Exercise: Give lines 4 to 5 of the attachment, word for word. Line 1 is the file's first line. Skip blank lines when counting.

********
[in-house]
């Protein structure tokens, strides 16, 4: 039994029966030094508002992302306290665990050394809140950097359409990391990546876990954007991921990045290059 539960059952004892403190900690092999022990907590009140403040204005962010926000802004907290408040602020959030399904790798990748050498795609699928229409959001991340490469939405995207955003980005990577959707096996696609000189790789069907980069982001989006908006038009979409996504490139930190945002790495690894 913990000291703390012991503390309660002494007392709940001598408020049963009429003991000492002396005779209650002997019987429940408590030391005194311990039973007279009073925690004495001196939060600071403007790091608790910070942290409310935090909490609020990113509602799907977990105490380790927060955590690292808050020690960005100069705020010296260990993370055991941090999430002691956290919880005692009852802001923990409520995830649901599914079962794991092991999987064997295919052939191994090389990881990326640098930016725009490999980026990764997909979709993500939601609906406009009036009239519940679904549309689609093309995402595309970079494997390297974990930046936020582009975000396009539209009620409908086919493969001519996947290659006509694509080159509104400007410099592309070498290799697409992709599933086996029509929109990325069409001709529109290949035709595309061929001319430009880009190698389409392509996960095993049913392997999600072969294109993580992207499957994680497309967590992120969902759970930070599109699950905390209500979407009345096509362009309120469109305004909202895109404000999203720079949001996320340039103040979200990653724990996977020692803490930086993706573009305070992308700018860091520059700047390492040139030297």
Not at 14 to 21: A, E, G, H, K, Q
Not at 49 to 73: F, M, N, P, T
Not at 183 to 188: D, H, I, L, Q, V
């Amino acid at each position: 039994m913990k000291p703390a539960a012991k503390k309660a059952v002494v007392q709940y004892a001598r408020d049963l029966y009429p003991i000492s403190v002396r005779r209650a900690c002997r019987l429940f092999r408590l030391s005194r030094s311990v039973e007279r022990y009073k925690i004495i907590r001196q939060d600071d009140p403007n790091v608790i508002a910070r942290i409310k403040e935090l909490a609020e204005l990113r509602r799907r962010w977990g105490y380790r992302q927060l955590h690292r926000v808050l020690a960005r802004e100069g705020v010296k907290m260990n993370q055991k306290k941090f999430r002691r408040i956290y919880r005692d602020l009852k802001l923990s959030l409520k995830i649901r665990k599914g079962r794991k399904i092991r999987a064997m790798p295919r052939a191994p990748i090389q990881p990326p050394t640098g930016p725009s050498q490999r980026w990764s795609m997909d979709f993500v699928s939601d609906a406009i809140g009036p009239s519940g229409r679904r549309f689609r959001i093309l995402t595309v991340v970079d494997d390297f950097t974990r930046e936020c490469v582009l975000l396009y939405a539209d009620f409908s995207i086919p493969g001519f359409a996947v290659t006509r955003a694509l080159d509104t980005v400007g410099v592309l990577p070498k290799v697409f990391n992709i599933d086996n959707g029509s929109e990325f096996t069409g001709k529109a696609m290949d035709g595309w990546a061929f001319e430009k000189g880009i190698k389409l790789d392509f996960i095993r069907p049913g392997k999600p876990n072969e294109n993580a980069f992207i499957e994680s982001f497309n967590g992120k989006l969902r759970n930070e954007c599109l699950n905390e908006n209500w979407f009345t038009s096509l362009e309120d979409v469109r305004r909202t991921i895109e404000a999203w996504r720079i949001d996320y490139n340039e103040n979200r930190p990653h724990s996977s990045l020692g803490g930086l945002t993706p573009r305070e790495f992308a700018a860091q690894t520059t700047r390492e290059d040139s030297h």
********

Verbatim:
Not at 49 to 73: F, M, N, P, T
Not at 183 to 188: D, H, I, L, Q, V